So the glue will work on wet rock? I might try to glue feet onto the rock when i glue my rocks together.

Hmm, I may see if i can try and get away with it. I honestly have never been good about testing and just eye-ball it unless stuff gets real bad.

5 hours ago, vlangel said:

I never even used test kits with my pico tank.  I cycled with seachem stability and it went really fast (and I used dry rock).  100% WCs set all parameters right every week so there was no need to test.

 

I used a tiny rio pump for circulation and that also kept the pico warm enough to grow coral well. I did not have any filtration pumps because weekly WCs were my import/export method.

 

In such a small tank only a small cuc is necessary so start out slow.  Have fun, little picos can be so rewarding.

Do you have a link to that pump? It would be nice to have something that heats and provides circulation.

 

I may try the seachem stuff if it makes the process a little faster.

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On 10/11/2018 at 12:49 PM, Bailyfox said:

So the glue will work on wet rock? I might try to glue feet onto the rock when i glue my rocks together.

Hmm, I may see if i can try and get away with it. I honestly have never been good about testing and just eye-ball it unless stuff gets real bad.

Do you have a link to that pump? It would be nice to have something that heats and provides circulation.

 

I may try the seachem stuff if it makes the process a little faster.

 It can, you can also use a paper towel to dry it a bit before applying glue. Look around and you may be able to find a tutorial on building a rock scape using epoxy and glue. 

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Ya both glue and epoxy will work on wet rock, takes a bit more work but if you can do it out of tank, kinda dab the area with paper towel it will stick better.

 

It takes a while for die off to occur on the rocks. But if you are worried get a spray water bottle, fill it with SW and spray the rocks while you work. Keeps it wet.

 

I did this when I upgraded my tank.

 

 

I did the same as @vlangel

I didn't test my pico har since I did 100%  waterchanges each week.

 

I also used a pump which kept the temp at 78.

 

 

Here are some pumps that will work

 

https://www.amazon.ca/Hydor-Evo-Mag-Circulation-Aquariums-Terrariums/dp/B003UK5CTG/ref=mp_s_a_1_1?ie=UTF8&qid=1539400458&sr=8-1&pi=AC_SX236_SY340_QL65&keywords=hydor+pico&dpPl=1&dpID=3198JFDZnKL&ref=plSrch#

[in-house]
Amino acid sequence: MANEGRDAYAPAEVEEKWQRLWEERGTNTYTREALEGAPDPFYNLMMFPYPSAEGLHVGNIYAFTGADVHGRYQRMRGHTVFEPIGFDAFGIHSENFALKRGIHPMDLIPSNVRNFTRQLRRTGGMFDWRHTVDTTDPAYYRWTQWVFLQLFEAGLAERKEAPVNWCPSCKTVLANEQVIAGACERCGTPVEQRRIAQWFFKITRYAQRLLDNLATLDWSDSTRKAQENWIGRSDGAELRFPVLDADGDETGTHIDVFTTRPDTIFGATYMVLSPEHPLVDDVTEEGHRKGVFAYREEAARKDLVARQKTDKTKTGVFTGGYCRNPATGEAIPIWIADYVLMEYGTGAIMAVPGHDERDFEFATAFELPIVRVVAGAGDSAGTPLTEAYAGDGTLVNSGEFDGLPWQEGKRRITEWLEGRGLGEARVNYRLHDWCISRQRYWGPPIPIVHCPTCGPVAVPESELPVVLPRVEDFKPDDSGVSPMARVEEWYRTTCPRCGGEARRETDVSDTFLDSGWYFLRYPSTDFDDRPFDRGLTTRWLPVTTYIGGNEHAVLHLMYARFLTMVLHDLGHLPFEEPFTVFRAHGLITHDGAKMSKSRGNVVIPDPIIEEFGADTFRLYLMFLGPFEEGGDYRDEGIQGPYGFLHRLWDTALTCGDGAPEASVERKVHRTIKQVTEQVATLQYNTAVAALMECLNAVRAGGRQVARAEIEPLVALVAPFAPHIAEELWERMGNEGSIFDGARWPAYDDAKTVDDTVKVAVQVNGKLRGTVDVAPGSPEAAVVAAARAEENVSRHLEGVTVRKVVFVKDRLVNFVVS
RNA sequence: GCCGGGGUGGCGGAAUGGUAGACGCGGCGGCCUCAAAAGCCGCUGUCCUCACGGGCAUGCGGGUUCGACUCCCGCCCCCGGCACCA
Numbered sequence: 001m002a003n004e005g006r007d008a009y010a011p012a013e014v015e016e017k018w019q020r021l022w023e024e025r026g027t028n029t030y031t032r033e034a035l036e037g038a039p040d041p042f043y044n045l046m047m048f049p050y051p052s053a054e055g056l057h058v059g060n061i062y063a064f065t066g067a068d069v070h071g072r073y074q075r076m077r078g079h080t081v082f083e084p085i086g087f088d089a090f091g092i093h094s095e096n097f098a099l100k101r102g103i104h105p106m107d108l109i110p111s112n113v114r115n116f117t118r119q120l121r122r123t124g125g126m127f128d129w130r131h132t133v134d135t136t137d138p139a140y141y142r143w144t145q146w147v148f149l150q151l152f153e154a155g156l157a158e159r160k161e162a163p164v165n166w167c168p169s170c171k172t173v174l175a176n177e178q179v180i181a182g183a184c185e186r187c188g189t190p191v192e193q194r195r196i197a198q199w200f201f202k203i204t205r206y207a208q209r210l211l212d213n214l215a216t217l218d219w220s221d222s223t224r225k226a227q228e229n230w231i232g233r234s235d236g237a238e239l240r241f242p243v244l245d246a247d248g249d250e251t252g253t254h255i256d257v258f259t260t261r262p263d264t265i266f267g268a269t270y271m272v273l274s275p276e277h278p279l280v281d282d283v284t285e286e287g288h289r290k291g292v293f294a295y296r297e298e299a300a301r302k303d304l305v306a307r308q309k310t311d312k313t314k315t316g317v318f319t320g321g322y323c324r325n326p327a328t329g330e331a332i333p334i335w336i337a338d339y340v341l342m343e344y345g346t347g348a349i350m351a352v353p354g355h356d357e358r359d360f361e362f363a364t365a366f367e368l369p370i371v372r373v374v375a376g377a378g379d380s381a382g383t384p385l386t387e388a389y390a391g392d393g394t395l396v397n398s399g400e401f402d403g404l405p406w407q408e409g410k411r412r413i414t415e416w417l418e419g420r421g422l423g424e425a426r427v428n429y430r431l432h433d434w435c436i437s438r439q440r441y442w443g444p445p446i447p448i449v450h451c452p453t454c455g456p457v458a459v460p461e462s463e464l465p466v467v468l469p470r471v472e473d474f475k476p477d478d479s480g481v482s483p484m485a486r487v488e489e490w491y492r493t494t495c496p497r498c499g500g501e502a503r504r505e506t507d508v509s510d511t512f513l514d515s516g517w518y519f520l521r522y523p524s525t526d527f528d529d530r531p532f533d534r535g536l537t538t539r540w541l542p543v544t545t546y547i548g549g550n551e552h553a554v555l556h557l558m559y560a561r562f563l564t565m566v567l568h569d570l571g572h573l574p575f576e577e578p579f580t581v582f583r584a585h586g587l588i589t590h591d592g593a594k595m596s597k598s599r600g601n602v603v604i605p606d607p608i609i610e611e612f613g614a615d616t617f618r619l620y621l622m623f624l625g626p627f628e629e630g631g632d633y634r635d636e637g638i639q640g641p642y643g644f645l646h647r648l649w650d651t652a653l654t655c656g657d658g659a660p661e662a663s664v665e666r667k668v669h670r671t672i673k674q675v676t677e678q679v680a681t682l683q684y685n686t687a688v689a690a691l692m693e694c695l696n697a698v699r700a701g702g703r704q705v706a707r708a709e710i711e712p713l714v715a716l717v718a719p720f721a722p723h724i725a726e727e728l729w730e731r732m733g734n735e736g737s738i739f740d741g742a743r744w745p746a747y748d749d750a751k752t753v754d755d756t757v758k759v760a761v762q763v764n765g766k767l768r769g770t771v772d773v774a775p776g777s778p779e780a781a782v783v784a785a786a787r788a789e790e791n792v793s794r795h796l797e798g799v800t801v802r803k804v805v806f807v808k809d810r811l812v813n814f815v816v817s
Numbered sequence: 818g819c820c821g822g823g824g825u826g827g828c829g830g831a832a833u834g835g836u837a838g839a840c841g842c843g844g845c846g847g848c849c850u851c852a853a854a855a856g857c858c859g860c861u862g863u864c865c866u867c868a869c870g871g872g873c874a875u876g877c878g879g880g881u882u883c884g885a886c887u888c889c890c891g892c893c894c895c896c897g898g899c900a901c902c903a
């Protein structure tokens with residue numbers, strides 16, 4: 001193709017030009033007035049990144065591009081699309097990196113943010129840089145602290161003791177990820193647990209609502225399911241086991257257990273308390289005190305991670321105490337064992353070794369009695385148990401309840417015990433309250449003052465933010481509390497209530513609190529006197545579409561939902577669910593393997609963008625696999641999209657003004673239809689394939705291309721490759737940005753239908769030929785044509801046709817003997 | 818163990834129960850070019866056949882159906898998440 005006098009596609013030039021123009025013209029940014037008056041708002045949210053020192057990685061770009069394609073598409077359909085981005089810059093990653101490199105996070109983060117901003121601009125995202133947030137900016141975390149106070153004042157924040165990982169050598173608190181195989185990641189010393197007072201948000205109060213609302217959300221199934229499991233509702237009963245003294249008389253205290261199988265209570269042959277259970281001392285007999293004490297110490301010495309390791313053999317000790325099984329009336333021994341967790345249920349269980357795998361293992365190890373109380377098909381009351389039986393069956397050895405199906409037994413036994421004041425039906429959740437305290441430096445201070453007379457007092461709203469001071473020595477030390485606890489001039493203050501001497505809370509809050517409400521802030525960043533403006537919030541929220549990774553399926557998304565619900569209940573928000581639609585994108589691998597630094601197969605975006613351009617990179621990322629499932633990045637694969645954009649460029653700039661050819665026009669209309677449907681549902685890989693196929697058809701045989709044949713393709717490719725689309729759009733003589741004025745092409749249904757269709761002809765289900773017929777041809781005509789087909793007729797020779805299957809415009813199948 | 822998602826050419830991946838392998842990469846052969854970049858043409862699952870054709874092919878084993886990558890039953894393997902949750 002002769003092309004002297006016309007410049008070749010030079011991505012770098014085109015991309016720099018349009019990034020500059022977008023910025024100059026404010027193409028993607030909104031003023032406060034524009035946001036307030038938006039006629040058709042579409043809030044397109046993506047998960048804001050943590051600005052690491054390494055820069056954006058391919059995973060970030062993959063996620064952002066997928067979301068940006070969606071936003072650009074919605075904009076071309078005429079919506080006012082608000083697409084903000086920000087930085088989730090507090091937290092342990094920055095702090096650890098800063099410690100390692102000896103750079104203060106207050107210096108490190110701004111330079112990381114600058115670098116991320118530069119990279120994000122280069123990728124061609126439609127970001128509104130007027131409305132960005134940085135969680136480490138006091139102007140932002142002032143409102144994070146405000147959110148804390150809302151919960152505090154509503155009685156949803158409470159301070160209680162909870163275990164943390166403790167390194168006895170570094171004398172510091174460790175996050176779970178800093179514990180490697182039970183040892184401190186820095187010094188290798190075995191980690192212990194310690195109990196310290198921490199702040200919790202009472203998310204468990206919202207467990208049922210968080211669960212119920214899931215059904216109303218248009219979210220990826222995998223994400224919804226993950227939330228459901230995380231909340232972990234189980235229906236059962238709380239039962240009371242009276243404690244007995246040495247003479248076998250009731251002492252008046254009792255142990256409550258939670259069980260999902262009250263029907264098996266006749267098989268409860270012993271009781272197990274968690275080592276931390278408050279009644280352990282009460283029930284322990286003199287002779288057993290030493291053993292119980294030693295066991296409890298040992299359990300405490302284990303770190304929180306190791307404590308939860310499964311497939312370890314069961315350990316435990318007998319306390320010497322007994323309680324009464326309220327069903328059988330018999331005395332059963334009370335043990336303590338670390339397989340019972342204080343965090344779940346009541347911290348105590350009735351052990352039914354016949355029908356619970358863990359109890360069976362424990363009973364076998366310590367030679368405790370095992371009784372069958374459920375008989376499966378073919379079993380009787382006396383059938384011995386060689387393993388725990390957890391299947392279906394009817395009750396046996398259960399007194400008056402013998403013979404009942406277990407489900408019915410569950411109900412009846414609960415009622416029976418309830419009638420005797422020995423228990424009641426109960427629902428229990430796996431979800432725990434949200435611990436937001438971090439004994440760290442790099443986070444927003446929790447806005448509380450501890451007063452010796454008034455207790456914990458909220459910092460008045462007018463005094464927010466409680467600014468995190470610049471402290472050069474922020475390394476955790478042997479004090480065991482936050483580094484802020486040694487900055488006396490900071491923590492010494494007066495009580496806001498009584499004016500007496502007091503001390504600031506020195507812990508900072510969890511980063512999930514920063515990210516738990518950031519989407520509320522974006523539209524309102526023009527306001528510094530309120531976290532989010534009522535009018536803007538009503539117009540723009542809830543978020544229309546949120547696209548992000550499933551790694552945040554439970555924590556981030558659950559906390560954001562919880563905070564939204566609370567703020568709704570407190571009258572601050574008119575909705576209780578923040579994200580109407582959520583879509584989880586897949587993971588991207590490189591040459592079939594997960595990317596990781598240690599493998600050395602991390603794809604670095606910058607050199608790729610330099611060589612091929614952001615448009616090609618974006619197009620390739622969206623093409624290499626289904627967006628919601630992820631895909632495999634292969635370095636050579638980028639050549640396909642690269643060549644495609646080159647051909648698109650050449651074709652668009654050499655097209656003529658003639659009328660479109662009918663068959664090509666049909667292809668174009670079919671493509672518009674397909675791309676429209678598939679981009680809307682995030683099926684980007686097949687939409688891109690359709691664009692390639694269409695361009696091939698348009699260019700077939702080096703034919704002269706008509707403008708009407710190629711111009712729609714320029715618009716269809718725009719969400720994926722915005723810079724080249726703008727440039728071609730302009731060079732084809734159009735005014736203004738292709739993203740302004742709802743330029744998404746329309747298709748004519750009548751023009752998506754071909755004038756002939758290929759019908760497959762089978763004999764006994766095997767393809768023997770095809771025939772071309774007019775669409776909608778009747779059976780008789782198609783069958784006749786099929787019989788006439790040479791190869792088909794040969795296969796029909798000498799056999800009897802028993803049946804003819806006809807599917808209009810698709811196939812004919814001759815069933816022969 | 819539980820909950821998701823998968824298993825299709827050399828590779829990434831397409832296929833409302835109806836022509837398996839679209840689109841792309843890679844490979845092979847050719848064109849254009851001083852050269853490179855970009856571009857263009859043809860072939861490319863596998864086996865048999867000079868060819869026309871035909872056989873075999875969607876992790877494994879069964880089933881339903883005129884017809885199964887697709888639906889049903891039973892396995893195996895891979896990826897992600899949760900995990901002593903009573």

https://www.amazon.ca/VicTsing-Submersible-Aquarium-Fountain-Hydroponics/dp/B00EWENKXO/ref=mp_s_a_1_1?ie=UTF8&qid=1539400535&sr=8-1&pi=AC_SX236_SY340_QL65&keywords=aquarium+pump&dpPl=1&dpID=51XtRmqsieL&ref=plSrch

 

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On 10/11/2018 at 12:49 PM, Bailyfox said:

 

Do you have a link to that pump? It would be nice to have something that heats and provides circulation.

 

I may try the seachem stuff if it makes the process a little faster.

https://www.amazon.com/Rio-Plus-2100-Aqua-Pump/dp/B000256ENK/ref=asc_df_B000256ENK/?tag=hyprod-20&linkCode=df0&hvadid=198102114124&hvpos=1o1&hvnetw=g&hvrand=9704954482767517780&hvpone=&hvptwo=&hvqmt=&hvdev=m&hvdvcmdl=&hvlocint=&hvlocphy=9005849&hvtargid=pla-320046366601&psc=1

This pump advertised is much bigger than you need.  A rio 50 would be about the right size.  The rio 90 is the same size but more flow and that is what I used.  That might be too much flow for your jar.

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13 hours ago, Lula_Mae said:

 It can, you can also use a paper towel to dry it a bit before applying glue. Look around and you may be able to find a tutorial on building a rock scape using epoxy and glue. 

I'll go look for one thanks 🙂

12 hours ago, Clown79 said:

Ya both glue and epoxy will work on wet rock, takes a bit more work but if you can do it out of tank, kinda dab the area with paper towel it will stick better.

 

It takes a while for die off to occur on the rocks. But if you are worried get a spray water bottle, fill it with SW and spray the rocks while you work. Keeps it wet.

 

I did this when I upgraded my tank.

 

 

I did the same as @vlangel

I didn't test my pico har since I did 100%  waterchanges each week.

 

I also used a pump which kept the temp at 78.

 

 

Here are some pumps that will work

 

https://www.amazon.ca/Hydor-Evo-Mag-Circulation-Aquariums-Terrariums/dp/B003UK5CTG/ref=mp_s_a_1_1?ie=UTF8&qid=1539400458&sr=8-1&pi=AC_SX236_SY340_QL65&keywords=hydor+pico&dpPl=1&dpID=3198JFDZnKL&ref=plSrch#

 

 

https://www.amazon.ca/VicTsing-Submersible-Aquarium-Fountain-Hydroponics/dp/B00EWENKXO/ref=mp_s_a_1_1?ie=UTF8&qid=1539400535&sr=8-1&pi=AC_SX236_SY340_QL65&keywords=aquarium+pump&dpPl=1&dpID=51XtRmqsieL&ref=plSrch

 

Thanks for the links, i think i'll try that second one actually. If i dont like it in the tank I can always use it to mix my water for water changes.

5 hours ago, vlangel said:

Thank you for the suggestion, the rio 50 does look like it may work as well.

 

In other news I ordered my refractometer and calibration fluid today. My plan is to order an item or 2 per week until I get my pending bonus from work.